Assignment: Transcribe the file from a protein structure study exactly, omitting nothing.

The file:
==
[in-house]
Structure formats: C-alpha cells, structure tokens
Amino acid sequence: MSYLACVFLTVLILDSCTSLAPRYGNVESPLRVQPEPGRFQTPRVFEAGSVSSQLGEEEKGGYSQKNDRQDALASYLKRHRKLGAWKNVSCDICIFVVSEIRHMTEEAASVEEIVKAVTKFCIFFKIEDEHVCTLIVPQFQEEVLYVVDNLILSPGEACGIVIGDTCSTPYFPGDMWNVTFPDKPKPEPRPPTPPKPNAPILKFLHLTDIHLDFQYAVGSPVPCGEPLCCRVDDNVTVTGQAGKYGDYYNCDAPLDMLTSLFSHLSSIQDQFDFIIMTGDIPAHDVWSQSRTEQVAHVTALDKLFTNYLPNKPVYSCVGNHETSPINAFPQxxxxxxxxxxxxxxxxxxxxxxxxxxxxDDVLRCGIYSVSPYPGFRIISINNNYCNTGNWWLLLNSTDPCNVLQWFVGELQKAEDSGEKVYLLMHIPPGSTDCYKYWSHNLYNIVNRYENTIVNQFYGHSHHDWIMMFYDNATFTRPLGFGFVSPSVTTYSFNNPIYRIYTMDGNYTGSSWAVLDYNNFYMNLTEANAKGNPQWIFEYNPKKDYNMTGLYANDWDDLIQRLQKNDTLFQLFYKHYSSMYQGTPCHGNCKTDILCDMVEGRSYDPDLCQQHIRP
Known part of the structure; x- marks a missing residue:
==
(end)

[in-house]
Structure formats: C-alpha cells, structure tokens
Amino acid sequence: MSYLACVFLTVLILDSCTSLAPRYGNVESPLRVQPEPGRFQTPRVFEAGSVSSQLGEEEKGGYSQKNDRQDALASYLKRHRKLGAWKNVSCDICIFVVSEIRHMTEEAASVEEIVKAVTKFCIFFKIEDEHVCTLIVPQFQEEVLYVVDNLILSPGEACGIVIGDTCSTPYFPGDMWNVTFPDKPKPEPRPPTPPKPNAPILKFLHLTDIHLDFQYAVGSPVPCGEPLCCRVDDNVTVTGQAGKYGDYYNCDAPLDMLTSLFSHLSSIQDQFDFIIMTGDIPAHDVWSQSRTEQVAHVTALDKLFTNYLPNKPVYSCVGNHETSPINAFPQxxxxxxxxxxxxxxxxxxxxxxxxxxxxDDVLRCGIYSVSPYPGFRIISINNNYCNTGNWWLLLNSTDPCNVLQWFVGELQKAEDSGEKVYLLMHIPPGSTDCYKYWSHNLYNIVNRYENTIVNQFYGHSHHDWIMMFYDNATFTRPLGFGFVSPSVTTYSFNNPIYRIYTMDGNYTGSSWAVLDYNNFYMNLTEANAKGNPQWIFEYNPKKDYNMTGLYANDWDDLIQRLQKNDTLFQLFYKHYSSMYQGTPCHGNCKTDILCDMVEGRSYDPDLCQQHIRP
Known part of the structure; x- marks a missing residue: